With the upcoming release of Windows 8, Internet Explorer is gearing up for one of its biggest updates yet. Internet Explorer 10 offers some interesting changes without changing so much that die-hard fans will feel lost.

If you are unfamiliar with what the Windows 8 experience promises, the main difference is the “Metro UI” mode. This mode uses what Microsoft calls tiles, which are easier to work with from tablets and crossover devices.

Internet Explorer 10 will take advantage of the Metro UI and offer two launch modes: desktop and Metro. The Metro mode, by default, is full screen. It offers users the ability to move through pages easily and can work with plug-ins to redefine the browsing experience. This version is made to work with apps, giving you a way to download popular apps straight into your browser, further lessening the gap between computers and touchscreen devices.

The desktop mode of IE10 is very similar to what users are already familiar with in regards to browsing. IE10 is familiar and likely more useful to those who use the Web from a standard computer on a day-to-day basis. Using IE10 in desktop mode will not feel much different than IE9, though many things have been fixed performance wise.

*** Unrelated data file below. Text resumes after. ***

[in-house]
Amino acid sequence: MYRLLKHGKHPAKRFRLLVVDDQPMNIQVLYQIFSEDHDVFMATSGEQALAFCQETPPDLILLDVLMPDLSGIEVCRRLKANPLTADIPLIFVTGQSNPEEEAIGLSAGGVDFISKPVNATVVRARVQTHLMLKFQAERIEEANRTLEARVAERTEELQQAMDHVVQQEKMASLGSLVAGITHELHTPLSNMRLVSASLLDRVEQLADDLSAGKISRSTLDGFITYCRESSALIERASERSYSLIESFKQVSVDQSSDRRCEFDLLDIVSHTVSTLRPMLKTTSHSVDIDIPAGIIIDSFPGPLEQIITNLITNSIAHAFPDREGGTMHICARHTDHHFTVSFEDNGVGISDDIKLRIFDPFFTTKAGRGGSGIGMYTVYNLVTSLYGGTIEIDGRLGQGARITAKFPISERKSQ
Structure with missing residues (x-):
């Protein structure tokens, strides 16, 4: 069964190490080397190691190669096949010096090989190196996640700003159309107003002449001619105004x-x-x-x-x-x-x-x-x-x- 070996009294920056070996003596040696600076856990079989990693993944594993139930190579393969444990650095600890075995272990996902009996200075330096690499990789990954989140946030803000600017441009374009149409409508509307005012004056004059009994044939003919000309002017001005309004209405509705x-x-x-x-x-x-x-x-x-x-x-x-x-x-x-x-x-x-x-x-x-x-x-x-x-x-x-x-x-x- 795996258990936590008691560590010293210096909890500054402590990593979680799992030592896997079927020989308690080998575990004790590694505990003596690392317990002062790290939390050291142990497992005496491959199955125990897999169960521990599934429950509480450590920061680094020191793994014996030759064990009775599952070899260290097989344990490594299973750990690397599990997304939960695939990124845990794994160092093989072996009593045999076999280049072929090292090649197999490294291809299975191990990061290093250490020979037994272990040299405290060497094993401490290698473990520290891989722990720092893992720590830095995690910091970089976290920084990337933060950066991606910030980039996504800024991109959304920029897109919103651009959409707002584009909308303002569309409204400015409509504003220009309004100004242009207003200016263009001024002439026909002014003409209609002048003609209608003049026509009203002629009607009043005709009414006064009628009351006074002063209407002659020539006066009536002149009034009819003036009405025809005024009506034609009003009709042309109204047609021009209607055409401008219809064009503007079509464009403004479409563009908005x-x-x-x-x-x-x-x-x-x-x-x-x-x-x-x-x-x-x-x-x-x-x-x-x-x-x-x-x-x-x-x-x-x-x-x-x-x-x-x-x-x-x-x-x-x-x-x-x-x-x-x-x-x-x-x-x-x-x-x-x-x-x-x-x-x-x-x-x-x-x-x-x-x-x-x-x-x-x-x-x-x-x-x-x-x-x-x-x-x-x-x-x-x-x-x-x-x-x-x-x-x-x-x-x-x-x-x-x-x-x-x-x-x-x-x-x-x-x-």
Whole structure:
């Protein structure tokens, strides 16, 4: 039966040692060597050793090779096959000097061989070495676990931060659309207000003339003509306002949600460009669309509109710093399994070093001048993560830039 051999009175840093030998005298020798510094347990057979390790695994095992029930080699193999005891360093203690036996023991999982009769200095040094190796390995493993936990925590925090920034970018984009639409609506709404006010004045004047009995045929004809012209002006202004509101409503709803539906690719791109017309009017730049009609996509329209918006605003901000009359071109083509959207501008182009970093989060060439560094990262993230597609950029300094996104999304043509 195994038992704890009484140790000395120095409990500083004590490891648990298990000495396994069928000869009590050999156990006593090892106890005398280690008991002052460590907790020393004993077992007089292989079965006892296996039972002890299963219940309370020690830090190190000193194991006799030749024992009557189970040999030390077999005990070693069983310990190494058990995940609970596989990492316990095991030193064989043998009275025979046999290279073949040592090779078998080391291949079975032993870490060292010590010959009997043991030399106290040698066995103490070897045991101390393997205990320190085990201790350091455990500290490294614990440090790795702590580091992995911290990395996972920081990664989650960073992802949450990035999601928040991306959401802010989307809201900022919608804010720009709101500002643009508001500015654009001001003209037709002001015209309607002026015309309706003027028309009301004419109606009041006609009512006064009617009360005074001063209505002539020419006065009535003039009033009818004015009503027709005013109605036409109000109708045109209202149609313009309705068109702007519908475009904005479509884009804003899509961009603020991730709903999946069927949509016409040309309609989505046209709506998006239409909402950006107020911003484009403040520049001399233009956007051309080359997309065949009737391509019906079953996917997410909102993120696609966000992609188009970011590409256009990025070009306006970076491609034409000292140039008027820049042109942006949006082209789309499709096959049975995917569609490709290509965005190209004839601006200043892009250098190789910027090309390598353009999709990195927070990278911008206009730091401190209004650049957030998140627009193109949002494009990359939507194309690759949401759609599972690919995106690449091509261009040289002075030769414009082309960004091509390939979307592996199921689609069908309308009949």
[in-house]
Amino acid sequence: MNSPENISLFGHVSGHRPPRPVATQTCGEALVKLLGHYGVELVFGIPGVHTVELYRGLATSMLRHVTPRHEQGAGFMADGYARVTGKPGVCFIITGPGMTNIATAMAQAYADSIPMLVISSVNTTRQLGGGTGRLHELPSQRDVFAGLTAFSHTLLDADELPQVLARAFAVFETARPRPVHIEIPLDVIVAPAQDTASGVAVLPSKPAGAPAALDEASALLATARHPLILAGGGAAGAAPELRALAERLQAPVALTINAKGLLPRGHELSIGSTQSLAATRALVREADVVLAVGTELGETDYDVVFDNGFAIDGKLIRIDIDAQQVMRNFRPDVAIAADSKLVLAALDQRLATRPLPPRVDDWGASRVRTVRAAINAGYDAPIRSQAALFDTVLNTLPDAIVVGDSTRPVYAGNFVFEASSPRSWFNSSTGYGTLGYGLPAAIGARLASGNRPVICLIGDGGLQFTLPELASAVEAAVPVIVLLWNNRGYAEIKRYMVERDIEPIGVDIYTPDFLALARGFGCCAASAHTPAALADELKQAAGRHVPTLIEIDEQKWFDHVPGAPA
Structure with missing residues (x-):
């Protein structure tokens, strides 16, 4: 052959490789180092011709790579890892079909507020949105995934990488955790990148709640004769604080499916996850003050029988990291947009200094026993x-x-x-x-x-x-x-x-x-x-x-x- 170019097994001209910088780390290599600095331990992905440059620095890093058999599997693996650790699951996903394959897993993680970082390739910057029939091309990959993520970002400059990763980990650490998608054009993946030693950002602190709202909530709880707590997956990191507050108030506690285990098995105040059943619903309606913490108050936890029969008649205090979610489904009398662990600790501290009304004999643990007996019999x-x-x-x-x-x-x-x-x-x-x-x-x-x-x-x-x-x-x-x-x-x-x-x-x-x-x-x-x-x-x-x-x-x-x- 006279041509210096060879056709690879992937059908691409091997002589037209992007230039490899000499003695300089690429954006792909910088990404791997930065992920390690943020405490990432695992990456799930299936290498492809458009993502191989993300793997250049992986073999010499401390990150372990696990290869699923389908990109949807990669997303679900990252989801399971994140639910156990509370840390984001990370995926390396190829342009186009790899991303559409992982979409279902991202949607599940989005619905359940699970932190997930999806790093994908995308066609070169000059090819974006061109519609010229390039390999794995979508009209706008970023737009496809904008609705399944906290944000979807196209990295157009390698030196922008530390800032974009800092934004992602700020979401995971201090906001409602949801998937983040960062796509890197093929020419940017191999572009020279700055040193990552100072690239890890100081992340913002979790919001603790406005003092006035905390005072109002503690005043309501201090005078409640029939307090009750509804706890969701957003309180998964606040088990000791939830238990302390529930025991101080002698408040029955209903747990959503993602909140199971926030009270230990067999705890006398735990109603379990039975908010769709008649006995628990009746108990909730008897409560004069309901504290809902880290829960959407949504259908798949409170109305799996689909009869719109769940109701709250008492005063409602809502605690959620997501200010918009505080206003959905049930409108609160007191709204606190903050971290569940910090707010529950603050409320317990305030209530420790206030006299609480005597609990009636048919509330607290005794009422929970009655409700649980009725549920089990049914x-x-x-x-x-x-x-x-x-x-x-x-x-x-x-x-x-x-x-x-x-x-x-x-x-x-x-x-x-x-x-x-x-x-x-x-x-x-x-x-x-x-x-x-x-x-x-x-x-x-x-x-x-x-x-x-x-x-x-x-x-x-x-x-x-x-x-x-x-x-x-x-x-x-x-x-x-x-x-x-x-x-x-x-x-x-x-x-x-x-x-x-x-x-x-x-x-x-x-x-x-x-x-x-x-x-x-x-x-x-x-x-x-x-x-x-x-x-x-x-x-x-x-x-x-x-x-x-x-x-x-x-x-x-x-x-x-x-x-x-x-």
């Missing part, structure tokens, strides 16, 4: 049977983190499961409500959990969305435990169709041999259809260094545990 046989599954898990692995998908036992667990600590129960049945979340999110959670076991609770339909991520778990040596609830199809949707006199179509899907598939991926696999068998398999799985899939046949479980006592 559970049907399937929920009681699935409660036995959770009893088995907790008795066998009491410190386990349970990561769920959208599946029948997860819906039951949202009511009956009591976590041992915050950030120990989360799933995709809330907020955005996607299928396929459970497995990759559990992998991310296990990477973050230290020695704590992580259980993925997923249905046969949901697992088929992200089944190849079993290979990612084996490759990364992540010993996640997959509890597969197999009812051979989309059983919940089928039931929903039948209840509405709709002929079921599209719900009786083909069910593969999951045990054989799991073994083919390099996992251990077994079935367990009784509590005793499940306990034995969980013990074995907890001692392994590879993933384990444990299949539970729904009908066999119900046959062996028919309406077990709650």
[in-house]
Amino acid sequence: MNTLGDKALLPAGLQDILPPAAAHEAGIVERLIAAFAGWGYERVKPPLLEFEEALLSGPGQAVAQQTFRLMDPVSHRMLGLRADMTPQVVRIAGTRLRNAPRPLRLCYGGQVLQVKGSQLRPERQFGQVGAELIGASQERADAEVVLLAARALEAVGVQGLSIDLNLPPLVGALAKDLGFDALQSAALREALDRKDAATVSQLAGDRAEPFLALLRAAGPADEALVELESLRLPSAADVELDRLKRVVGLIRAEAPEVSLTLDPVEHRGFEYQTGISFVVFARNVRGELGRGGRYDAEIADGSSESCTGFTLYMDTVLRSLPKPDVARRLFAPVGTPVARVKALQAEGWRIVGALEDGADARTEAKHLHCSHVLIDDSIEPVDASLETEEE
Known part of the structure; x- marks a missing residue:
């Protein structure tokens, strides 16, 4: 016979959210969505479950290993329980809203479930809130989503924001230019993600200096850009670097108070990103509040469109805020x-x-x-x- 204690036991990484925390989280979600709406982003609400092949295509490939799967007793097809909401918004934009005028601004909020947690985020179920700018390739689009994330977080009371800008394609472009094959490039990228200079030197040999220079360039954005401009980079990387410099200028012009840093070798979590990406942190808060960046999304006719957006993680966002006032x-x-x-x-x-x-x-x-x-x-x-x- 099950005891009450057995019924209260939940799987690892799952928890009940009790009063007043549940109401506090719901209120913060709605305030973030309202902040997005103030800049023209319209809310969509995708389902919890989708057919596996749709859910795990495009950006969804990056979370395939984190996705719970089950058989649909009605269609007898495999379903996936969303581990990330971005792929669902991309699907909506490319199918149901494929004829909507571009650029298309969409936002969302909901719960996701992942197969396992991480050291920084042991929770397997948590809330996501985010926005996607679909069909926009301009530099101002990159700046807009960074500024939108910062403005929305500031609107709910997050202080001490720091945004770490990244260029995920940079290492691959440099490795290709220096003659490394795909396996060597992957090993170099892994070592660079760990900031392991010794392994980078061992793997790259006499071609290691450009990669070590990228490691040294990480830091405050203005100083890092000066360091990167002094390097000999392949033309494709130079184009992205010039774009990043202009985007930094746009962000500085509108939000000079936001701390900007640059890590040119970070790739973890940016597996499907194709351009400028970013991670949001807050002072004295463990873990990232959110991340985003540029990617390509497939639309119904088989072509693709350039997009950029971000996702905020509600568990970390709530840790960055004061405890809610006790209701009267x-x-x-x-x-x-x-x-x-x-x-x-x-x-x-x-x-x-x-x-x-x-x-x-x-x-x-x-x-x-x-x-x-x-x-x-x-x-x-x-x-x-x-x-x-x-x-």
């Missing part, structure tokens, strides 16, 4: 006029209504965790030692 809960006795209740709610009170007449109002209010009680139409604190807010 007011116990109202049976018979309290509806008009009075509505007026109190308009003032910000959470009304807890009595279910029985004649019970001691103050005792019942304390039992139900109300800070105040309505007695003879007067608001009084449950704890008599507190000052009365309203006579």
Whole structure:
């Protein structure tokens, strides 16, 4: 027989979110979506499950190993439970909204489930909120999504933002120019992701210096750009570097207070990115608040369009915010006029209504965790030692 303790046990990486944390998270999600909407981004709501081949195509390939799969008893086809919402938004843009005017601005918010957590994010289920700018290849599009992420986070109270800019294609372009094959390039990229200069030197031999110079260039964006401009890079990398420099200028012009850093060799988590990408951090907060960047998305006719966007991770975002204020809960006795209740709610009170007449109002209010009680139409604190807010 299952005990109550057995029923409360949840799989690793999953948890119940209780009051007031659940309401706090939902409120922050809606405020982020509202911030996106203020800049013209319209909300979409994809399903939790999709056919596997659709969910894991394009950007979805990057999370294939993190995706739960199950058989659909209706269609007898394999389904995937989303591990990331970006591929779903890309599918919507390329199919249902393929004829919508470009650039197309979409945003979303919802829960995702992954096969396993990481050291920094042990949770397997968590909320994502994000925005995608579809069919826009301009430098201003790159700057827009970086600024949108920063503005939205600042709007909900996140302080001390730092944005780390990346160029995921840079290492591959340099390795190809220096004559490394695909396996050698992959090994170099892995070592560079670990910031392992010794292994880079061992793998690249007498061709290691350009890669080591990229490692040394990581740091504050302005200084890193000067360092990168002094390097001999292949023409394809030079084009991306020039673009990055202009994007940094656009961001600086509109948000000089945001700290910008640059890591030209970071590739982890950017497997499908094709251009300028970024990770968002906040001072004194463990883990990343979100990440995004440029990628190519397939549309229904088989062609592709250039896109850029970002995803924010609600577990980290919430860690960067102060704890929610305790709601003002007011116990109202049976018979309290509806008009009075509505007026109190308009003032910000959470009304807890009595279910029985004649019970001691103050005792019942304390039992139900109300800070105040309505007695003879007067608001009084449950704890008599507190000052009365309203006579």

Tests currently show that this new version of Internet Explorer is more stable than previous builds; however, it does not quite reach the levels of say Google Chrome on tests such as the HTML5 test. On other tests, IE10 scores more favorably. For instance, on a speed test, IE10 beat the others at loading certain JavaScript elements. Only after a full release is available and the browser is tested more can a fair comparison be made.

The Internet Explorer 10 preview edition is already available for those running Windows 8 preview. So, if you are interested in checking out the browser of the future today, you can download it and experiment; however, upon full release, it will be available for Windows 7 and the two most recent incarnations of Windows Server.